We recently visited Tokyo Polishing Master Craftsmen Institution in the Asakusa area of Tokyo where they are celebrating their 20th year. The school has seen more than 700 graduates go through the program to become professional sharpeners in their own right.
The president of the school, 83-year-old Kosho Fujiami, is the very definition of a sharpening master, having practiced the craft since he was 5 years old. He learned polishing styles that people have been using since the Edo period when the art form was mainly used by samurai to sharpen their swords.
Fujiami told us that samurai took great care to learn how to sharpen their swords and keep them polished. Their swords were one of their most important tools and had to be kept in the best of shape. For people now, cooking knives are one of the most important things we use on an everyday basis, he said. So this ancient practice of blade sharpening is still very relevant to the modern world.
There used to be lots of professional blade sharpeners in Tokyo during the Edo period and even in the early Showa era. Now there are hardly any left and this school is one of the few places to learn techniques that have been practiced for over 300 years.
We asked Fujiami about the skills required to polish a blade. “The act itself is very simple. You hold the blade to the sharpening stone at a certain angle and scrape it against the stone…that’s it,” he told us.
But to truly master this skill, Fujiami stressed that you need to practice it over and over again.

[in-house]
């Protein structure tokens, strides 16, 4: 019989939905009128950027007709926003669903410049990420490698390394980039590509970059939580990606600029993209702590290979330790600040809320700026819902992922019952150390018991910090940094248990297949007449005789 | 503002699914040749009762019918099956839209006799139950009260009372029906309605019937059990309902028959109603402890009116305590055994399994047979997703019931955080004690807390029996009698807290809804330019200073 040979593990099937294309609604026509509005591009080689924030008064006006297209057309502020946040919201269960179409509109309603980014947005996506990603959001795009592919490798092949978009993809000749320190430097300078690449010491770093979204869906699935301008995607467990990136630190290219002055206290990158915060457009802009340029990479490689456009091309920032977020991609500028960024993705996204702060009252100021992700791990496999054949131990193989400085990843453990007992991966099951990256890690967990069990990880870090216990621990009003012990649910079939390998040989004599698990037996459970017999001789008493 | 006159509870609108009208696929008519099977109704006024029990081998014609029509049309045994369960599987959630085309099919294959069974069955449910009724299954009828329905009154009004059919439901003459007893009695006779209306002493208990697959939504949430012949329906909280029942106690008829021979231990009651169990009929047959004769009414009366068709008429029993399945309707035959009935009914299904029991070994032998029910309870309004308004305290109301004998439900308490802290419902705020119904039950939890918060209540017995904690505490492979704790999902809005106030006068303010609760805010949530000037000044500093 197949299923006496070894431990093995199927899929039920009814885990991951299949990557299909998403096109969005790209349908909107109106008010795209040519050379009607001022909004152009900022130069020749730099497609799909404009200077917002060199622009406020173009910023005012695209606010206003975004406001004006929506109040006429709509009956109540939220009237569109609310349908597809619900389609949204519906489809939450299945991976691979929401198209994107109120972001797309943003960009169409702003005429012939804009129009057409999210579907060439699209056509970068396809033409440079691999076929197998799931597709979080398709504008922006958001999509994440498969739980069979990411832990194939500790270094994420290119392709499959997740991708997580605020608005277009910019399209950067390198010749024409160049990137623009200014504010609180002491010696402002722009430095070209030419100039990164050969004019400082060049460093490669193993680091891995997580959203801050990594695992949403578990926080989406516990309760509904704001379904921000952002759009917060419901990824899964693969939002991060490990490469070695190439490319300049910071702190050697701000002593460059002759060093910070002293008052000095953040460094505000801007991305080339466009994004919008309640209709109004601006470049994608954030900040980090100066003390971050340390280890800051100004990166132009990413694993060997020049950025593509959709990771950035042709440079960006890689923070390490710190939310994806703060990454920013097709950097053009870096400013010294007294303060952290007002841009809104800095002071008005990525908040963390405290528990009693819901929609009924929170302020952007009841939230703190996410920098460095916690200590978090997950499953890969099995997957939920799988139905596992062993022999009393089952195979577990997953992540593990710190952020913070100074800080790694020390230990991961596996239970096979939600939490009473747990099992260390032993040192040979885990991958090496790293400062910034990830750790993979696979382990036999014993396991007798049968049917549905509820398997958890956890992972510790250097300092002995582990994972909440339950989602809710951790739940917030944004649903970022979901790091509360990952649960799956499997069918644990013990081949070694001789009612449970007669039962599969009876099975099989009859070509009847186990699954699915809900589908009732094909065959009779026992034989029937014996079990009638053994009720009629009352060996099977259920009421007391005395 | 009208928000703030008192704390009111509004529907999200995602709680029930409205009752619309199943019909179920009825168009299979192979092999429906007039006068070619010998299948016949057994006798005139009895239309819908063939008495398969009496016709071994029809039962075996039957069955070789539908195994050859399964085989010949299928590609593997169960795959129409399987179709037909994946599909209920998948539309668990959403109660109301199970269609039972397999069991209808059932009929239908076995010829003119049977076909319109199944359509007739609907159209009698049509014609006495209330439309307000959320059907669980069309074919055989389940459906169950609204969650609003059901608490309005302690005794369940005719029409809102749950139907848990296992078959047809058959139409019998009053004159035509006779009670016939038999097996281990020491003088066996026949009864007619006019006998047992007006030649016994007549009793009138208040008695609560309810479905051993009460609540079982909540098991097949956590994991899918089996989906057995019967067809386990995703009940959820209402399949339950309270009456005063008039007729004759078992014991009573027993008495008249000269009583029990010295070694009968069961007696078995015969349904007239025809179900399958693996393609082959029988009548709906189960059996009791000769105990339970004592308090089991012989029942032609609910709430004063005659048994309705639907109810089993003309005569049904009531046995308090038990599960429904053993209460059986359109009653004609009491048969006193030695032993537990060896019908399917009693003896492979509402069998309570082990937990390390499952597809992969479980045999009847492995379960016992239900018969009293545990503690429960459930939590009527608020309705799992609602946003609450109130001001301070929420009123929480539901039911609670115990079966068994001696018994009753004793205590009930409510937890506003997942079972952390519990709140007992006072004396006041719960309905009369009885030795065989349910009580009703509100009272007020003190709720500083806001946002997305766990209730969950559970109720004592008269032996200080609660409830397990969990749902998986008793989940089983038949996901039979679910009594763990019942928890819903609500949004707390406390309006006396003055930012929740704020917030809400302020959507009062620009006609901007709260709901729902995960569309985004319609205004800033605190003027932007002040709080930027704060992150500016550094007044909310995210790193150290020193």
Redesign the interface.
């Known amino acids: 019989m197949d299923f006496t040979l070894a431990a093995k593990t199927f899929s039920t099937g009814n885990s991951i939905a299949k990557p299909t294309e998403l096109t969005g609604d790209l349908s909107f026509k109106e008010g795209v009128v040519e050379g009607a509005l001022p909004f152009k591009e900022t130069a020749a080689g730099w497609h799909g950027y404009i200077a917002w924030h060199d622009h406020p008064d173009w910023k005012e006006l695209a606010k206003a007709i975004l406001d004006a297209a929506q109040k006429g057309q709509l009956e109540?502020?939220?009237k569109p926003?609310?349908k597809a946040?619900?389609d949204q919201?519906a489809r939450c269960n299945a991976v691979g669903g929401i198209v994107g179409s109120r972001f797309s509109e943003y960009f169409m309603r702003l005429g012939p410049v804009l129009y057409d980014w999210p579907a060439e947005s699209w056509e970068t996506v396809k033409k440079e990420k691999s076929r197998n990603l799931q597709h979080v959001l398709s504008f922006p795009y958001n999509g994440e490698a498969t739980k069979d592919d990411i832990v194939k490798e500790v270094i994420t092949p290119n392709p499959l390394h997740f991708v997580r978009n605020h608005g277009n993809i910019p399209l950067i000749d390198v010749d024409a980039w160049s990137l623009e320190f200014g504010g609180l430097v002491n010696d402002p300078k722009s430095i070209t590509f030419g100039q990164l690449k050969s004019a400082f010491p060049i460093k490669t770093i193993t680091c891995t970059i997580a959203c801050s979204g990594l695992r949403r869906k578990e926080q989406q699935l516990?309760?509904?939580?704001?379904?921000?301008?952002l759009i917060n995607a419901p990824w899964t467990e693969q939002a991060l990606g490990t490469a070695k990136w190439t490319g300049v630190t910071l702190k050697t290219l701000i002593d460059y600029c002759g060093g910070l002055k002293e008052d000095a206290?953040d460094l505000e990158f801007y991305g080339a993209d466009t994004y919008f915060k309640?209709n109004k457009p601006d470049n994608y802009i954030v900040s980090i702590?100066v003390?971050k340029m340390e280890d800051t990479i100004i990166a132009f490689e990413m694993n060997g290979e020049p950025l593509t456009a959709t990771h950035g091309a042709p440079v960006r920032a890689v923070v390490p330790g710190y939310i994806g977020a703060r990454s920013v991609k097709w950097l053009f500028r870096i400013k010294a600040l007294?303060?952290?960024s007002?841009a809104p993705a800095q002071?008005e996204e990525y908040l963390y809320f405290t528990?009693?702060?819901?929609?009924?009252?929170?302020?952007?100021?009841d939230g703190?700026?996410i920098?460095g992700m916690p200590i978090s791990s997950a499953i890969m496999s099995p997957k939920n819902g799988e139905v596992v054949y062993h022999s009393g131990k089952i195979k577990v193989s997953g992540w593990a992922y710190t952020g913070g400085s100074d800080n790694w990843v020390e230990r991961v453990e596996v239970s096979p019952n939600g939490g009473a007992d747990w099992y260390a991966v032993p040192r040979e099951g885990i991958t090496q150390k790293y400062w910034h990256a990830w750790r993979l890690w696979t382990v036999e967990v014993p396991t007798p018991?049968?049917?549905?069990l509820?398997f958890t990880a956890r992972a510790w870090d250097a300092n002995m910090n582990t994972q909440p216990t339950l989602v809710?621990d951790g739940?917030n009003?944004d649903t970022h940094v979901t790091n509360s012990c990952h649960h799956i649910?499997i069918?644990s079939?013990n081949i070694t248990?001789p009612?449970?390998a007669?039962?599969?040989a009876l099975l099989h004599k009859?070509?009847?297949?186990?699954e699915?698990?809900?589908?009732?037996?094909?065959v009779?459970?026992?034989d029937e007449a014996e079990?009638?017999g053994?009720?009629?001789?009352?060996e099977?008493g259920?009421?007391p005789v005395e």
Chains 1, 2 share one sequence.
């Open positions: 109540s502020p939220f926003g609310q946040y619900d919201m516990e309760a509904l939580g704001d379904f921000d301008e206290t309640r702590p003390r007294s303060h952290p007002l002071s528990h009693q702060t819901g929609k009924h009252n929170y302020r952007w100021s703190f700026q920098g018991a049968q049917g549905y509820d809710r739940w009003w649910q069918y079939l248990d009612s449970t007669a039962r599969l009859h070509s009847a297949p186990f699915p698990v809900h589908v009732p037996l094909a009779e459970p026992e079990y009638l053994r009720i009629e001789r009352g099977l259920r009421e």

There are three kinds of polishing stones and which one you use depends on the type of blade you want to sharpen. After figuring out which stone to use, you then have to figure out what the original angle of the blade was. Taking that angle into account, you firmly grasp the handle of the blade with your right hand and place the face of the blade onto the polishing stone. Put a lot of pressure onto the blade as you grind it on the stone away from your body, then ease up when you slide it back towards you. Repeat this motion slowly and carefully to gradually polish the blade back to its original sharpness.
▼Some of the polishing stones
People from all walks of life, from housewives to white-collar workers to students, have gone through the school. The course takes about 300 to 400 hours and most people complete it in under a year.
We met one graduate of the school who is now practicing the skill in Los Angeles. Fujiami told the student that since Japanese cuisine is all the rage around the world, there might be a big demand for blade polishing since many Japanese foods require fine knife work with the sharpest of blades. The graduate opened up a speciality knife shop in L.A. and apparently is doing quite well.
Although courses are only available in Japanese, this school welcomes anyone who wants to learn the art of polishing. Fujiami said he would love to spread this Japanese art to other countries. And from 10 AM to 4 PM on everyday except Mondays, they invite you to come and watch them work their magic. If you’re interested, check out the school’s website and directions:
Tokyo Polishing Master Craftsmen Institution
Address: 3rd Floor 2-29-15 Asakusa bashi, Taito-ku, Tokyo
Less than 5 minutes walk from JR or Toei subway Asakusabashi stations
▼A look at the school from the street
Check out this link: